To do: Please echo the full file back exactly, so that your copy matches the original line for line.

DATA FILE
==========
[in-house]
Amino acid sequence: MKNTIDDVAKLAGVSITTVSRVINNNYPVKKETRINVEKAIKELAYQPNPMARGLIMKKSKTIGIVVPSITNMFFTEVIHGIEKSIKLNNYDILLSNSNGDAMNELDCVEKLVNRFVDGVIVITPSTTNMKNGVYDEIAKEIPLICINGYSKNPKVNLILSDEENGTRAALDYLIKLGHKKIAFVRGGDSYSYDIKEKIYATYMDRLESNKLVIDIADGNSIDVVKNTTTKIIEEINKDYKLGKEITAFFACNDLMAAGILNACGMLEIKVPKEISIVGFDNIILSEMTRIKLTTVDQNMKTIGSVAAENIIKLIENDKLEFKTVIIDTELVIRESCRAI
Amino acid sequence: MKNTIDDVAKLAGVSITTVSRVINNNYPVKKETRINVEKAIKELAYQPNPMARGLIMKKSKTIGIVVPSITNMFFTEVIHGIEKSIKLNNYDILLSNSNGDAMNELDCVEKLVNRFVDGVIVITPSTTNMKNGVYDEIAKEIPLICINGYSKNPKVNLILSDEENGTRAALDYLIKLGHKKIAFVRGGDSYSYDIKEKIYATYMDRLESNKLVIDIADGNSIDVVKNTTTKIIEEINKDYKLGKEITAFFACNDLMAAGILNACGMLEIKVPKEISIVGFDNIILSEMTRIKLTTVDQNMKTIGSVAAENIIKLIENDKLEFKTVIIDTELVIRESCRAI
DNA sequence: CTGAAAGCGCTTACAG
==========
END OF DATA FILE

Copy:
[in-house]
Amino acid sequence: MKNTIDDVAKLAGVSITTVSRVINNNYPVKKETRINVEKAIKELAYQPNPMARGLIMKKSKTIGIVVPSITNMFFTEVIHGIEKSIKLNNYDILLSNSNGDAMNELDCVEKLVNRFVDGVIVITPSTTNMKNGVYDEIAKEIPLICINGYSKNPKVNLILSDEENGTRAALDYLIKLGHKKIAFVRGGDSYSYDIKEKIYATYMDRLESNKLVIDIADGNSIDVVKNTTTKIIEEINKDYKLGKEITAFFACNDLMAAGILNACGMLEIKVPKEISIVGFDNIILSEMTRIKLTTVDQNMKTIGSVAAENIIKLIENDKLEFKTVIIDTELVIRESCRAI
Amino acid sequence: MKNTIDDVAKLAGVSITTVSRVINNNYPVKKETRINVEKAIKELAYQPNPMARGLIMKKSKTIGIVVPSITNMFFTEVIHGIEKSIKLNNYDILLSNSNGDAMNELDCVEKLVNRFVDGVIVITPSTTNMKNGVYDEIAKEIPLICINGYSKNPKVNLILSDEENGTRAALDYLIKLGHKKIAFVRGGDSYSYDIKEKIYATYMDRLESNKLVIDIADGNSIDVVKNTTTKIIEEINKDYKLGKEITAFFACNDLMAAGILNACGMLEIKVPKEISIVGFDNIILSEMTRIKLTTVDQNMKTIGSVAAENIIKLIENDKLEFKTVIIDTELVIRESCRAI
DNA sequence: CTGAAAGCGCTTACAG